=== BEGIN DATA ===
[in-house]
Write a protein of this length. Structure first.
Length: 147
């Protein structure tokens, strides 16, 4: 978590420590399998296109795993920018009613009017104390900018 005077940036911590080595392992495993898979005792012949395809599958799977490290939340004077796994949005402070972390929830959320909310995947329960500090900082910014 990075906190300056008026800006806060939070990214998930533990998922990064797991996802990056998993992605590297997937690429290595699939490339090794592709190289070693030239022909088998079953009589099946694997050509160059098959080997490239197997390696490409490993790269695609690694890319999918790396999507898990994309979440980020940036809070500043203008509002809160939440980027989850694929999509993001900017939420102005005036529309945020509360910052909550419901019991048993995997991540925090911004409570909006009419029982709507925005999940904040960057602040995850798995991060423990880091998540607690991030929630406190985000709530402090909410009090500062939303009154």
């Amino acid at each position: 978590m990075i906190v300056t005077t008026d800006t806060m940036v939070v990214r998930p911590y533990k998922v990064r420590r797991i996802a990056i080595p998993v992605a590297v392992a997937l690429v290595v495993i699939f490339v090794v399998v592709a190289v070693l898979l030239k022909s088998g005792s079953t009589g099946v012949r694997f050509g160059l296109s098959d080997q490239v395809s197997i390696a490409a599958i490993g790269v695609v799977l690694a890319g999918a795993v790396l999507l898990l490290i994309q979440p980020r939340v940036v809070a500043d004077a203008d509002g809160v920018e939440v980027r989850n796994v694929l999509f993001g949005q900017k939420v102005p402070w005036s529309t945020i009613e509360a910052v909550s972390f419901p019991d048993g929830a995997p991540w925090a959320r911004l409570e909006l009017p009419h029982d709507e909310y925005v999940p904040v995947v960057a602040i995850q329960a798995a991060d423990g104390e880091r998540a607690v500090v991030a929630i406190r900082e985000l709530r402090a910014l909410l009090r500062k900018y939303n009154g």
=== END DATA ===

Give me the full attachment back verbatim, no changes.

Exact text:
[in-house]
Write a protein of this length. Structure first.
Length: 147
């Protein structure tokens, strides 16, 4: 978590420590399998296109795993920018009613009017104390900018 005077940036911590080595392992495993898979005792012949395809599958799977490290939340004077796994949005402070972390929830959320909310995947329960500090900082910014 990075906190300056008026800006806060939070990214998930533990998922990064797991996802990056998993992605590297997937690429290595699939490339090794592709190289070693030239022909088998079953009589099946694997050509160059098959080997490239197997390696490409490993790269695609690694890319999918790396999507898990994309979440980020940036809070500043203008509002809160939440980027989850694929999509993001900017939420102005005036529309945020509360910052909550419901019991048993995997991540925090911004409570909006009419029982709507925005999940904040960057602040995850798995991060423990880091998540607690991030929630406190985000709530402090909410009090500062939303009154």
């Amino acid at each position: 978590m990075i906190v300056t005077t008026d800006t806060m940036v939070v990214r998930p911590y533990k998922v990064r420590r797991i996802a990056i080595p998993v992605a590297v392992a997937l690429v290595v495993i699939f490339v090794v399998v592709a190289v070693l898979l030239k022909s088998g005792s079953t009589g099946v012949r694997f050509g160059l296109s098959d080997q490239v395809s197997i390696a490409a599958i490993g790269v695609v799977l690694a890319g999918a795993v790396l999507l898990l490290i994309q979440p980020r939340v940036v809070a500043d004077a203008d509002g809160v920018e939440v980027r989850n796994v694929l999509f993001g949005q900017k939420v102005p402070w005036s529309t945020i009613e509360a910052v909550s972390f419901p019991d048993g929830a995997p991540w925090a959320r911004l409570e909006l009017p009419h029982d709507e909310y925005v999940p904040v995947v960057a602040i995850q329960a798995a991060d423990g104390e880091r998540a607690v500090v991030a929630i406190r900082e985000l709530r402090a910014l909410l009090r500062k900018y939303n009154g």